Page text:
5. For dharmarth, the villages detailed below are dedicated to the temples of Ramji, Shivaji and Bhagwati, etc. They shall always be considered as endowed properties. Their management and supervision will be under my successor and representative ; but my successor and representative shall have no milkiat right in or the power of transferring the endowed property.
6. If during my lifetime the said legatee be not alive (which God forbid) and if I too die without leaving any male issue from any of the Ranis, in that case under the above conditions a son or grandson at great-grandson, male descendant of the said Ram Raja or his male successor and representative, shall be the proprietor.
7. I do by this will revoke the will dated 12th October 1901, and the supurdnama, dated 11th April 1902, executed in the name of Rani Chhatra Kumari Devi, and the permission to adopt given by me. This is my last will. Now I shall have no power to make any other will."
This will was registered on 29th May 1903, under the provisions of the Indian Registration Act, 1903, applicable to wills. The original document was handed over by the Raja, a few days after the adoption, to Maharani Kancha Maiya, the grandmother of the respondent in his natural family, and sent on by her to the Prime Minister.
On 25th May 1904, the Raja executed his third and last will, by which he revoked the second and revived the first will. After his death the appellant took possession of the estates and the usual mutation proceedings in the revenue Courts resulted in her favour. On 16th June 1912 she applied to the District Court of Muzaffarpur for probate of the third will combined with the first will of 12th October 1901, which was said to be "confirmed and restored" by the third. The respondent filed a Caveat contesting the genuineness of the third will, denying the testamentary capacity of the Raja, and alleging undue influence. The District Judge found in favour of the appellant and granted her probate of the two wills. The respondent appealed, but did not prosecute his appeal, and it was dismissed for default on 2nd May 1917.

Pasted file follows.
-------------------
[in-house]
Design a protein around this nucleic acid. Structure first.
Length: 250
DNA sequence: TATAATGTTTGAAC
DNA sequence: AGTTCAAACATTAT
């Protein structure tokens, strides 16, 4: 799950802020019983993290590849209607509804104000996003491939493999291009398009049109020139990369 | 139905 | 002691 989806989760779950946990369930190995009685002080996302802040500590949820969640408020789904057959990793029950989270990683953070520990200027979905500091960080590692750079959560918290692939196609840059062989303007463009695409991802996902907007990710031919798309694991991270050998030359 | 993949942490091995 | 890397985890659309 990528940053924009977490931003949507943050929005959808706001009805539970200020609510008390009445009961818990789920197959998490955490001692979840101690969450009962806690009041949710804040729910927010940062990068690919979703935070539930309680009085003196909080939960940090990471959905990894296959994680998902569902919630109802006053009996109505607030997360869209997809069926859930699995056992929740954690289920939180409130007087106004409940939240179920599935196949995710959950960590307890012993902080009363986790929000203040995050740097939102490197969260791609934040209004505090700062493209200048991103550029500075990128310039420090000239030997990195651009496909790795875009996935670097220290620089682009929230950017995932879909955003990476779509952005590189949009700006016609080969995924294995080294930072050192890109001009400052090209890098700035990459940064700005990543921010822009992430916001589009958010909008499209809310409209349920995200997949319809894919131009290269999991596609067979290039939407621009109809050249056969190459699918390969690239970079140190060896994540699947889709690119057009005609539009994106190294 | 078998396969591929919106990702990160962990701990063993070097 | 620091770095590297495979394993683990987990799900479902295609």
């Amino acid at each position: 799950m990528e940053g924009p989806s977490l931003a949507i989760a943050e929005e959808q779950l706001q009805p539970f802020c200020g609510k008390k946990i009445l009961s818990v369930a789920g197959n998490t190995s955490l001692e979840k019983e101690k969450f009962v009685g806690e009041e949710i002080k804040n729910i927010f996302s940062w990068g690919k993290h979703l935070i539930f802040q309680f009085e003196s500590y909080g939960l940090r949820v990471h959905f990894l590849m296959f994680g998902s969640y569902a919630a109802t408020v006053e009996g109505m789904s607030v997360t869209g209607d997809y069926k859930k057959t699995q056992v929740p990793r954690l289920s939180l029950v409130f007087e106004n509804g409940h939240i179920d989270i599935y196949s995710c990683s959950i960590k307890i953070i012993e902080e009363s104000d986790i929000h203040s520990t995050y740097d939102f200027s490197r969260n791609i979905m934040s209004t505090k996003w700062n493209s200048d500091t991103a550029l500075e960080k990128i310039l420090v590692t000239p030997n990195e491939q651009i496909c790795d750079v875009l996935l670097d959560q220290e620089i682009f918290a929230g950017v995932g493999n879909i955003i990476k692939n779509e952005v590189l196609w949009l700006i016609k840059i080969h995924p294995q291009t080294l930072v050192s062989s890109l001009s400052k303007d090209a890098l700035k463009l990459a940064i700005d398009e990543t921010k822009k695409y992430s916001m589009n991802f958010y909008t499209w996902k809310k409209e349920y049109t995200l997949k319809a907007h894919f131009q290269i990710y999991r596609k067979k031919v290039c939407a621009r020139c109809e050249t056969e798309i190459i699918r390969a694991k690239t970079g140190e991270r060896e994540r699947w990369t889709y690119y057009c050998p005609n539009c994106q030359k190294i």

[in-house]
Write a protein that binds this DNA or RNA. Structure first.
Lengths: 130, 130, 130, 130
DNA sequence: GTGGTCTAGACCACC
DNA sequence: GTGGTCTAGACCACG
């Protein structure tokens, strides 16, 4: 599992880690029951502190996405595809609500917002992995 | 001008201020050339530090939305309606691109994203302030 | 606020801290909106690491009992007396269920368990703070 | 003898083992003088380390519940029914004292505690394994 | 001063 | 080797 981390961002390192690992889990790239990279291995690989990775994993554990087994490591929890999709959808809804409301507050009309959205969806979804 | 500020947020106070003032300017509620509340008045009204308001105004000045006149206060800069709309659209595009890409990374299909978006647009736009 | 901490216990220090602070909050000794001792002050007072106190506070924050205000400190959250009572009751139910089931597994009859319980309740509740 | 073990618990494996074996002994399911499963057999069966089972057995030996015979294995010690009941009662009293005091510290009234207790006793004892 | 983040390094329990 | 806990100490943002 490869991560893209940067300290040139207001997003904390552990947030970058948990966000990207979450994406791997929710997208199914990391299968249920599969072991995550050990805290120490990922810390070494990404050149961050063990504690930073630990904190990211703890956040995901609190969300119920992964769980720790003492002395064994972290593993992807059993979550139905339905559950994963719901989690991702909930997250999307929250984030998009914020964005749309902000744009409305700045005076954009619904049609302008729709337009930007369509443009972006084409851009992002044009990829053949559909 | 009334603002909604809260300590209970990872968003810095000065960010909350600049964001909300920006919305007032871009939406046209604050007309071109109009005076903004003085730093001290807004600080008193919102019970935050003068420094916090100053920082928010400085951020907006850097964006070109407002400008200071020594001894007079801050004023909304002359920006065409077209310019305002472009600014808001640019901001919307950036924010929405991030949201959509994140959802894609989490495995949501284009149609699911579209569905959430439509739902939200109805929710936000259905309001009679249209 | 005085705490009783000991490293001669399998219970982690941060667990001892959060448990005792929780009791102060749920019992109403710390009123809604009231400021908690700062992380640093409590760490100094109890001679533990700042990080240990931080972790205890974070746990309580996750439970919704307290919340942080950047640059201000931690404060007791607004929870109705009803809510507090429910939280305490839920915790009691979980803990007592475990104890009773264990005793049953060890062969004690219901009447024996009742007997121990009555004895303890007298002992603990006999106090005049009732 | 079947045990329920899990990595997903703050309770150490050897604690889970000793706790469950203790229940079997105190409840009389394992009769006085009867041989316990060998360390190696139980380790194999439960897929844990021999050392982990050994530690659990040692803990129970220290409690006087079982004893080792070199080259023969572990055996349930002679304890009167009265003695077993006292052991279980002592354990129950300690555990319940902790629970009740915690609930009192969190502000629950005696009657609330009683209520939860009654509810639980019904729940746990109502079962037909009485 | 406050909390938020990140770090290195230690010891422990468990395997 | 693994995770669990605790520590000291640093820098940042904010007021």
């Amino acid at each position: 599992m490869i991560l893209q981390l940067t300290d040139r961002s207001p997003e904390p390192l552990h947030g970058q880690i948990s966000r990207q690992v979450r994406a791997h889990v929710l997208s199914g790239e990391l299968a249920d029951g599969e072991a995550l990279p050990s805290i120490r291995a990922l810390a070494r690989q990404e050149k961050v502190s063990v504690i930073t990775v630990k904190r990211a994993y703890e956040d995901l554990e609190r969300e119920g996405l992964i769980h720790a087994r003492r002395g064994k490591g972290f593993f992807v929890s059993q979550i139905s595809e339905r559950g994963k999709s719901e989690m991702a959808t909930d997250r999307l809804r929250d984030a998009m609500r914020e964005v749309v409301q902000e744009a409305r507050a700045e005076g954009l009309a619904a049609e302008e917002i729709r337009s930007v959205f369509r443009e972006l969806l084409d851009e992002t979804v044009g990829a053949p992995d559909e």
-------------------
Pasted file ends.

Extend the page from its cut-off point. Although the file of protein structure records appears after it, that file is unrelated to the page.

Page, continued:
The material provisions of the third will are as follows :
" I am Raja Mohan Bikram Shah, proprietor of Raj Riasat Ramnagar, District Champaran, at present residing at Sham Bazar, in the city of Calcutta.
Whereas before this I had executed two wills one in the name of Rani Chhatra Kumari Devi and the other in the name of Mohan Bikram Shah alias Ram Raja, son of Shazada Bhupendra Bikram Shah, resident of Barna Bridge in Benares city, but I do not now expect that Ram Raja after my death will preserve the riasat with name and fame according to my views. Therefore I retain (I keep in force) the will executed first in favour of Chhatra Kumari. According to the contents of the same, Rani Chhatra Kumari will be the malik after me, and if I get no son she will adopt one.
1. After me, of the whole of the Ramnagar Riasat in the District Champaran, Saran and Bettiah, etc., and of the properties of Sri 5 Raj Lachmi Devi situated in the district of Benares, which I have got by right of inheritance of all these, Rani Chhatra Kumari Devi will be the proprietress (malik).
2. I married four wives, out of whom two of the Ranis are dead; now two only, Rani Bishun Kumari and Rani Chhatra Kumari Devi, are alive. But the three of them had had no issue, only Rani Chhatra Kumari Devi had a son, who died.
3. If I get a son, in that case the said son will be the malik of all my properties and riasat. And during his minority, in case I be not alive, Rani Chhatra Kumari Devi will be his guardian.
4. If I have no son left, then after my death Rani Chhatra Kumari Devi his power and I ,give her permission to adopt up to four boys, one after another, out of my house Sri 5, and the boy who under this condition will be adopted shall be the malik of the riasat after the Rani.
6. It instead of a son I get a daughter and she be alive after my death, she should be married in a good family, and in case she fall in any difficulty, then she must be taken care of and maintained.
7. For the maintenance of Rani Bishun Kumari Devi, Sahila (third) Rani, I have given to her for life by mokarari lease the villages Lachmipur, Semri, Barwa, Atraowlia, Sarhua Mahjidwa and Pekooli Harkatwa, and Bazar Phulkaul, and a monthly allowance of Rs. 200; during her lifetime this will remain in force as usual.